ANN HORWITZ

What’s sociology good for? (in other words, what burning questions do you have that sociology helps you get at?)  Sociology helps me to grapple with and understand the components that make up our identities, and why we tend to react strongly when we feel our identities challenged or threatened

What are you liking most about living in the D.C. metro area?  I grew up in the area but haven’t lived here for a while, so it’s nice to be back where many of my friends and family are. D.C. is cast in the American psyche as a pit of political jostling and cynicism (and there’s plenty of that to go around, especially these days), but the city doesn’t get due credit for the strength of its cultural, culinary, and artistic offerings.

Give us your (grossly abbreviated) essential reading list (both sociology and non-sociology suggestions welcome!)  Most of my essential reading is non-sociology related. Anything by Kurt Vonnegut, J.D. Salinger, F. Scott Fitzgerald, Voltaire, and Patricia Highsmith is essential to me (I know, all except one of them is a white male…the shame!). As for sociology-related reading (though the writers are not necessarily sociologists by training), Imagined Communities by Benedict Anderson has had a considerable impact on my thinking, as has the work of Kenneth D. Bush & Diana Saltarelli. I am also very fond of anything written by my undergraduate sociology professors, especially Reconstituting Whiteness: The Mississippi State Sovereignty Commission by Jenny Irons, States of Passion: Law, Identity, and Social Construction of Desire by Yvonne Zylan, and Beyond Caring: Hospitals, Nurses, and the Social Organization of Ethics by Dan Chambliss. These three amazing people have had a bigger intellectual influence on me than any other teacher, and they are the reason I want to become a sociologist.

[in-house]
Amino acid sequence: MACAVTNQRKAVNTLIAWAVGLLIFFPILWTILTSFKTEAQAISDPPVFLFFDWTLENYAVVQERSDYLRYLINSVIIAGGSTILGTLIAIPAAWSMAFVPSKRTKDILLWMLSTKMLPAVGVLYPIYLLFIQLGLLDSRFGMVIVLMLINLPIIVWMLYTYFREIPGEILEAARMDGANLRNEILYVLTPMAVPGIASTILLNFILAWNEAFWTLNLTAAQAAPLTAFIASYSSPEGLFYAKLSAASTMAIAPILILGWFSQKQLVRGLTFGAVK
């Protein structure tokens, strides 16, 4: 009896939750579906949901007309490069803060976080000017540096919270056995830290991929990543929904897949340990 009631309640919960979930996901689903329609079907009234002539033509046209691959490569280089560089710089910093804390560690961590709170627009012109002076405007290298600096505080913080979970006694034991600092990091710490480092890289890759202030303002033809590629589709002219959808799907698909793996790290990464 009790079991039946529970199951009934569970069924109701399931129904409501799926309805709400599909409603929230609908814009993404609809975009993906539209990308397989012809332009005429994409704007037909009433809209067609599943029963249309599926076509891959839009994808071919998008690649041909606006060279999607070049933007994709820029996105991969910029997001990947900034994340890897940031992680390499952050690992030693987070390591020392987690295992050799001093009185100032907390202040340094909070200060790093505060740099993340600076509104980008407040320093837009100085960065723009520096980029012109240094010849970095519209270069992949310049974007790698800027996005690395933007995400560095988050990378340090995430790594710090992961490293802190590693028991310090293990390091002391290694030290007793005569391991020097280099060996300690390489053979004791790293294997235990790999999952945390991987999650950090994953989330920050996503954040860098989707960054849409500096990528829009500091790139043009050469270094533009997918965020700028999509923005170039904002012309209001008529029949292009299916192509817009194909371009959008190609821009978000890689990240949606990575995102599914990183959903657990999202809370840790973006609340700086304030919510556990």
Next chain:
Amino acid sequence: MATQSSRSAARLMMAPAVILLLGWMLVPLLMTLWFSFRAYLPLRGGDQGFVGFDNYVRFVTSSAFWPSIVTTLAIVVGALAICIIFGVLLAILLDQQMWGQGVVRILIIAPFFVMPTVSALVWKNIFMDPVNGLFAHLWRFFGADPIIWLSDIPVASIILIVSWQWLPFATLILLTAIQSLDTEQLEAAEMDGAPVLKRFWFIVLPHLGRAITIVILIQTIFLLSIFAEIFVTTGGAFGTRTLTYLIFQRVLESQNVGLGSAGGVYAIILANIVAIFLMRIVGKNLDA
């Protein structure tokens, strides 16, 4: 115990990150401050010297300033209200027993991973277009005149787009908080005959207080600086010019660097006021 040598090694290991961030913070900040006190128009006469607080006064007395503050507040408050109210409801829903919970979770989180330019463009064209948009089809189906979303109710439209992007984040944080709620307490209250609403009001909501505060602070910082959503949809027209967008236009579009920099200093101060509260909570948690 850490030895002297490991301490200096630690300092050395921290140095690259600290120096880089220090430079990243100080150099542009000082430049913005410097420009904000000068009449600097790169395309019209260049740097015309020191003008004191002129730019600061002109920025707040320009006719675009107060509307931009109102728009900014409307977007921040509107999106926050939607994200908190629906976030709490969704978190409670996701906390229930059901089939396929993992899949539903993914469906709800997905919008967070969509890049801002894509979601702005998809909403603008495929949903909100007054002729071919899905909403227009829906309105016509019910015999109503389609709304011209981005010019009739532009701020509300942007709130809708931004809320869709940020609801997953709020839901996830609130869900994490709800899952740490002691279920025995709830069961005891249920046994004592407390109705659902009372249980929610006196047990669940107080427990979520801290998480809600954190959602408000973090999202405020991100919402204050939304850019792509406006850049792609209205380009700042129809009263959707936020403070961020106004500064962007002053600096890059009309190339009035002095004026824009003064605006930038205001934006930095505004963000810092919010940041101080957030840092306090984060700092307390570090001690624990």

If you were stuck in the data dungeon (aka the department computer lab) for hours on end with your whole month’s worth of Pandora access spent, what one song would you sing to yourself over and over and over again while you worked?  This is probably the most perplexing, vexing, and significant question I’ve ever been asked. Seriously, I don’t know how to answer it. I cannot overstate my dependence on music for the maintenance of what meager shred of sanity I have left. In fact, I’ve often fantasized about starting all over, going to school to study music theory, and becoming a philharmonic conductor. Well, that, or just becoming a roadie for the Stones.

Besides getting a PhD, what are you hoping to do in the next half-decade or so that you’re here in Maryland?  Settling down and starting a family would be nice.